That’s my answer to this week’s question. That’s my advice to authors—and to all of my other friends and colleagues who are trying to spread the word about their nonprofits, community groups and upcoming events. I use that word—regularly—because it does prompt some careful thought. At the heart of it, effective communication through social media should be as thoughtful as your regular contacts with friends.
So what do I mean by
Regularly means different things to people. Think about how often you check in with friends via a personal visit, a phone call or a text. Your readers also expect to hear from you on a regular basis—in an authentic way—as often as you might reach out to some of your friends. Readers on social media want to feel included in what you are doing. They want to know how you are. They want to celebrate milestones with you. Sometimes, they want to answer your questions. Keeping your social media contacts interested is the key to keeping them around until the time you have finally published your first book—and then more books after that. Share with your followers what you are writing, what you are reading—and even what has you stumped. You’ll be surprised how helpful your community can be.
As Pew’s research shows us, Facebook is far and away the most widely used form of social media and the vast majority of Facebook users check in on a daily basis. A platform like Twitter may draw a lot of followers, too, but those folks don’t check in as frequently. Given the pace at which tweets appear and fade into the ongoing cascade of tweets, you’re less likely to have a timely interaction with friends and colleagues on Twitter than you are on Facebook.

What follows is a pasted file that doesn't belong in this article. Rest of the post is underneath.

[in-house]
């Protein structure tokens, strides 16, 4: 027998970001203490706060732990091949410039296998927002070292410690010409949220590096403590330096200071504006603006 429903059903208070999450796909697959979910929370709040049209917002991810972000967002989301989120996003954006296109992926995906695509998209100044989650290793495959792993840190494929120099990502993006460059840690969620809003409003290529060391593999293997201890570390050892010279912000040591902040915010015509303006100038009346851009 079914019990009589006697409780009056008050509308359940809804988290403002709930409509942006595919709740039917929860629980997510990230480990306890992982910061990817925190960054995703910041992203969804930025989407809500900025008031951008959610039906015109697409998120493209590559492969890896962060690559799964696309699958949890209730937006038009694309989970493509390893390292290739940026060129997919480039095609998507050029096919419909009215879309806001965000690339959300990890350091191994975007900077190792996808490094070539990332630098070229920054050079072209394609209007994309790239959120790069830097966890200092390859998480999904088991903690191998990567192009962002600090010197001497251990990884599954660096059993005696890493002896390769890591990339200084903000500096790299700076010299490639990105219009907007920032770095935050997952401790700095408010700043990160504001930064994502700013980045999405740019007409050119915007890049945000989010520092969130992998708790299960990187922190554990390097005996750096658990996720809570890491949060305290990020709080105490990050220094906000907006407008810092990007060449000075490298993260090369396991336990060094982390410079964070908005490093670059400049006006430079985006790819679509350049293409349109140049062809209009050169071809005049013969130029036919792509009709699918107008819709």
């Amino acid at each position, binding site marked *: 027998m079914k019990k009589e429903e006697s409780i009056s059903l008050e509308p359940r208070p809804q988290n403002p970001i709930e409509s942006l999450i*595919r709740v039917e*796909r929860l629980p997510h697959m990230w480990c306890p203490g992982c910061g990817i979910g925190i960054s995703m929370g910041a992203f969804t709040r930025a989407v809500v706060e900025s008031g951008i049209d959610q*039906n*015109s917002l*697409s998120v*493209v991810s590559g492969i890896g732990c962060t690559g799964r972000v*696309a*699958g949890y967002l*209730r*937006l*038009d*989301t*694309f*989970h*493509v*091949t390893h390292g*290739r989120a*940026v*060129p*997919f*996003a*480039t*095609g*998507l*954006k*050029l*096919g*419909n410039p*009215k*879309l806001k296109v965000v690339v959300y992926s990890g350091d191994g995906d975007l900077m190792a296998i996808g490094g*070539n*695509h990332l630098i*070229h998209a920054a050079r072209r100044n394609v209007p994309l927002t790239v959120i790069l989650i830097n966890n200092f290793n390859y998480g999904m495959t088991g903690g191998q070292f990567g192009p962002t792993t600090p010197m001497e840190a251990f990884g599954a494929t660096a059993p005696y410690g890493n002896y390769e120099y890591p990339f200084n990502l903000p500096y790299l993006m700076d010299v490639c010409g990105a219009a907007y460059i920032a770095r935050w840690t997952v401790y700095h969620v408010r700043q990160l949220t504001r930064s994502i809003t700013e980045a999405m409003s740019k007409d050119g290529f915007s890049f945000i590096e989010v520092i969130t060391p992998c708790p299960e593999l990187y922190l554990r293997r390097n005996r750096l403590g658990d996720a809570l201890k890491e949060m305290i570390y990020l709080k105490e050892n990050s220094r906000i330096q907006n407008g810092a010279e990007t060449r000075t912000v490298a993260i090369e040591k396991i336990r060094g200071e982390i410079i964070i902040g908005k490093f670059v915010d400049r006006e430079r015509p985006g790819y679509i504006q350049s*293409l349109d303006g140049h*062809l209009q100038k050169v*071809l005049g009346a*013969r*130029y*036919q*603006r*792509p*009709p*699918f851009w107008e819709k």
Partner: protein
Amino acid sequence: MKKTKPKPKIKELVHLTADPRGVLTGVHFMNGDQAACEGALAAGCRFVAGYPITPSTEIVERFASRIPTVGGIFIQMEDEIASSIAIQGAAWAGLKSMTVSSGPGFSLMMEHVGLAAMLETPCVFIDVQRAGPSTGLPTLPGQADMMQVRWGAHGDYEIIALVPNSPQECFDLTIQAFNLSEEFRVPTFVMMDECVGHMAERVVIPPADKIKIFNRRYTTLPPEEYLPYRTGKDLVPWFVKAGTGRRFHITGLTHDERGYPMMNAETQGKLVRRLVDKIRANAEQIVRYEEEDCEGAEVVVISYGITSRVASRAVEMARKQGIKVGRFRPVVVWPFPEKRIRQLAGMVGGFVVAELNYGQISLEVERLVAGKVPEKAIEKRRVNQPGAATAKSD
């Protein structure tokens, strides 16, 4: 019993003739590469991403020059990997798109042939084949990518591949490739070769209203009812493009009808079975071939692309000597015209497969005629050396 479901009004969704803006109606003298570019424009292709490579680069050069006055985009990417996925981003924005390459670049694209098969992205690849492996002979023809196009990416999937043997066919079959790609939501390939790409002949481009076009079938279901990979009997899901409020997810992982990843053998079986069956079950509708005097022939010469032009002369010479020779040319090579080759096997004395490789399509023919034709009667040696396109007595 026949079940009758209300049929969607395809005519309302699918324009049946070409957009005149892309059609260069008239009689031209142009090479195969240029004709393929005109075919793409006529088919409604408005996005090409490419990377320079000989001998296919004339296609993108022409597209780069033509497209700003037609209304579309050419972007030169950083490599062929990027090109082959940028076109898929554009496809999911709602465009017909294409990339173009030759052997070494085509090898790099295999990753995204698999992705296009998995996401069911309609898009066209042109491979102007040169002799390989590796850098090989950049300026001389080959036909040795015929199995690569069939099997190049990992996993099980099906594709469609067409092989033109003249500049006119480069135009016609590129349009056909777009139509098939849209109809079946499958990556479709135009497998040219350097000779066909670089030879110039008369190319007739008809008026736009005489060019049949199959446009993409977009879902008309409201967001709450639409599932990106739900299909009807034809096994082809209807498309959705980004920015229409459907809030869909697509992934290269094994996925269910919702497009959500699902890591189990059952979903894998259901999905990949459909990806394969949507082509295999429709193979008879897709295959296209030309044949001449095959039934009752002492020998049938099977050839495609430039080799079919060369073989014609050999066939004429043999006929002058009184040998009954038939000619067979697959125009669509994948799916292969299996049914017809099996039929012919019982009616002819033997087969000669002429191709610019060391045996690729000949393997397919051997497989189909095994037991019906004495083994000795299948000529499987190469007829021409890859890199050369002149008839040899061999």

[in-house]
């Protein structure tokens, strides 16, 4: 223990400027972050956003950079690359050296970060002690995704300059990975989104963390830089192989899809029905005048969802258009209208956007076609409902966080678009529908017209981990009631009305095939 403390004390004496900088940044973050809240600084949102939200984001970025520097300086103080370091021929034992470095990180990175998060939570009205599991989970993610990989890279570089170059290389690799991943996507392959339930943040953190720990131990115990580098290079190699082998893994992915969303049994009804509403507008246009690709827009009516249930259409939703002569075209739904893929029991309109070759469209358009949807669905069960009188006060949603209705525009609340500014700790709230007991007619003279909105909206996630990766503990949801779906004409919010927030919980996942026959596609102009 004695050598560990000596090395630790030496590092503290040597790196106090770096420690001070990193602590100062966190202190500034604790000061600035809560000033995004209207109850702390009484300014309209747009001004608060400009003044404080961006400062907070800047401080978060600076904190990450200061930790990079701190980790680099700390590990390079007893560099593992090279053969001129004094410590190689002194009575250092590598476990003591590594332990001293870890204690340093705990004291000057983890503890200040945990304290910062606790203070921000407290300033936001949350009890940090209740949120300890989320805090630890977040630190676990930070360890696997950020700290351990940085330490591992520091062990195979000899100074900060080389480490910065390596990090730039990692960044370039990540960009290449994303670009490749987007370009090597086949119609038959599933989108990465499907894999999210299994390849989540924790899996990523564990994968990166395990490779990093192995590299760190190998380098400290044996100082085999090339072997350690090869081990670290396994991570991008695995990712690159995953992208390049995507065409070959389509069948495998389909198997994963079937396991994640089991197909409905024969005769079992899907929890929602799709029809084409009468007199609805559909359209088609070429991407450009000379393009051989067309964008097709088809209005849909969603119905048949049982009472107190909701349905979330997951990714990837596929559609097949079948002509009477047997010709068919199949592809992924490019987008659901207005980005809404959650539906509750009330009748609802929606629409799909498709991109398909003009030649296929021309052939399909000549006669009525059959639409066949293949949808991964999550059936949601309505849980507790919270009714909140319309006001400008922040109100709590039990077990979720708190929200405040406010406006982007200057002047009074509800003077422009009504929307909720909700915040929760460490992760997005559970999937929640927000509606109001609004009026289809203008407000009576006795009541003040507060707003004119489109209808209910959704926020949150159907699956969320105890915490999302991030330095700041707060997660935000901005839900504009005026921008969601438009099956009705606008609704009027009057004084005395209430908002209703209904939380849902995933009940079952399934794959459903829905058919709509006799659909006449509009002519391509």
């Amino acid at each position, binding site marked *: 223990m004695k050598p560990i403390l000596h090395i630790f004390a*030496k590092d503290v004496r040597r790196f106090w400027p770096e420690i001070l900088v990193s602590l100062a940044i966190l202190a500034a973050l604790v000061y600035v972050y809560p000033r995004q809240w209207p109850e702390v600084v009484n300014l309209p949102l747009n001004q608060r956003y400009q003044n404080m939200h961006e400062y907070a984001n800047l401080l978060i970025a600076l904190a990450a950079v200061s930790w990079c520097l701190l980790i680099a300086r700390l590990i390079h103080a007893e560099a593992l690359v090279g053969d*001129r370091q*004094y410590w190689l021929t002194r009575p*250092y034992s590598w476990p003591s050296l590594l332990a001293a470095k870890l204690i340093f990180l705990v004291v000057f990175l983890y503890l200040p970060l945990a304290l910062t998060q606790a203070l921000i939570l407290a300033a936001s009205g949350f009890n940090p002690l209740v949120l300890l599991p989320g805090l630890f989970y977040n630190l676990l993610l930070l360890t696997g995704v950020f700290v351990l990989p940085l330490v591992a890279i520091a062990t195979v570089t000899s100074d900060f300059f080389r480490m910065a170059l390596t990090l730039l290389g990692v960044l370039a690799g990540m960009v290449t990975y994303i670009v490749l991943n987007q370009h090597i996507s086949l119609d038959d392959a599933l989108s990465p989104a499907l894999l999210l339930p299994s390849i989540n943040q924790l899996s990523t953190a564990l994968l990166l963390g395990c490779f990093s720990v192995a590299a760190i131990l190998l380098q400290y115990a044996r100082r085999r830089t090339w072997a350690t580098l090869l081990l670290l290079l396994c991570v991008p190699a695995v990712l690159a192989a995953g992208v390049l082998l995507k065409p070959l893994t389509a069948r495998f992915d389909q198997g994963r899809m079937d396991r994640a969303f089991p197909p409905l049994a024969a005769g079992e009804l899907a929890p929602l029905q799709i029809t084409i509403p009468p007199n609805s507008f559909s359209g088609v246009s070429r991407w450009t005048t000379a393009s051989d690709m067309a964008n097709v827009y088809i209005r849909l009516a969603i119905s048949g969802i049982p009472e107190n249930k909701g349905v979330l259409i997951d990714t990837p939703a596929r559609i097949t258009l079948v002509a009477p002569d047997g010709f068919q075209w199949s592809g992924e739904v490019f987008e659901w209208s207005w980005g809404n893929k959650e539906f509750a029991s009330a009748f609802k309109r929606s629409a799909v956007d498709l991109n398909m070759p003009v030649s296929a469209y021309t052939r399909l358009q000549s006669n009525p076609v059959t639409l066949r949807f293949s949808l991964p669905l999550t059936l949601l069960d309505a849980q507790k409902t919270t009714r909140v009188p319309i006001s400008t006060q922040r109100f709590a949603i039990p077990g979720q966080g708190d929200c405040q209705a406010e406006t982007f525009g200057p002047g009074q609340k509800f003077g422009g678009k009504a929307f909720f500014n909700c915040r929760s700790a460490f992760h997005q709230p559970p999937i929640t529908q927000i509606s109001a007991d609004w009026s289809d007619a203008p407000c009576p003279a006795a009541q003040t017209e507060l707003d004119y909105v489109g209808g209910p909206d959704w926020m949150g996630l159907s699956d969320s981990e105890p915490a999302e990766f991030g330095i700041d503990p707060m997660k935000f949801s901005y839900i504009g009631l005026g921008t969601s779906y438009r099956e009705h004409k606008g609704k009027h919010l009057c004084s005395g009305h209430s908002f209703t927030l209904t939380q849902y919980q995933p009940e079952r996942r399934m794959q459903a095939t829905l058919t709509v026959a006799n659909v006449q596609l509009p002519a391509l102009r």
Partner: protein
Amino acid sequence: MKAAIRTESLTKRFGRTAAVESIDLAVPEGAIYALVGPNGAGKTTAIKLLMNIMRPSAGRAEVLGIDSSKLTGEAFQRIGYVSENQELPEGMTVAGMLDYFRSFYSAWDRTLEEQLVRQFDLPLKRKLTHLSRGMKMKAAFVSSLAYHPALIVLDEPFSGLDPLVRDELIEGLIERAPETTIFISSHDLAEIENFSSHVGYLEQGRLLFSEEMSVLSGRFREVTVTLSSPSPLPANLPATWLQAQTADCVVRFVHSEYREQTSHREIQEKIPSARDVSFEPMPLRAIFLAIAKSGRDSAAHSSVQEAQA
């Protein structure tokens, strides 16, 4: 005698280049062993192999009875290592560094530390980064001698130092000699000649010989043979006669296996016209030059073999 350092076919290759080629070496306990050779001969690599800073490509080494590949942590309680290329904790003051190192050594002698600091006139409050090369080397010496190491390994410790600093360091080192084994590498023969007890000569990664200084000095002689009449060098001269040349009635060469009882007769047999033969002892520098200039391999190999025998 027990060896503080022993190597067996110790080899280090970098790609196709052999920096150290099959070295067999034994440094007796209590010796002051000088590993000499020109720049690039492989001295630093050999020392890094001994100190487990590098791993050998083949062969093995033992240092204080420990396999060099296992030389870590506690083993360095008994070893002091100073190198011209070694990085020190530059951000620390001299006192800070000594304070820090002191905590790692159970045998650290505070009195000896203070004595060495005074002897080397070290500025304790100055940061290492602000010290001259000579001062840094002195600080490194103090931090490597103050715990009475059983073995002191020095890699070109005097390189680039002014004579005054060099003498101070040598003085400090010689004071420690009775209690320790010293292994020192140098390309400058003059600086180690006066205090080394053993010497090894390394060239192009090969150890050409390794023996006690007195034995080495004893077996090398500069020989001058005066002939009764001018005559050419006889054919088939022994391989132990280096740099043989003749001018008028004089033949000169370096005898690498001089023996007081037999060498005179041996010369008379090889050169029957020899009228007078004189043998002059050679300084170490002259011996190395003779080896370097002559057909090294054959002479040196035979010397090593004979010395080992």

Given that your friends check social media at varying paces, you also might want to update your postings at various times of the day.
I like to change up the times I’m trying to reach people, says Bill Bode, a longtime media expert in Grand Rapids, Michigan, and a publishing partner with Front Edge Publishing.
Some people check social media first thing in the morning. Others prefer to check in at the end of the day. I urge authors to send updated messages over a number of days—and, at different times during the day.
Do some research and learn as you go
In addition to learning from experts like Bill, you can learn from other authors. I challenge my friends and colleagues to become detectives. Check out how other authors use social media. Get involved in a friendly and helpful way in connecting and sharing. Where are those successful authors appearing in social media? Do they seem to be successful? How are they engaging their audience? How regularly are they posting? What’s the feedback when they post?
You might even spot wild horses out there—authors who are forming fresh communities in creative ways on social media. They may have found niches of untapped readers. Encourage those innovative authors. Learn from them.
There’s no one-size-fits-all strategy for social media. But your eye should be on that word
social—with all the friendly, encouraging, intriguing and timely ways you socialize with friends in real life.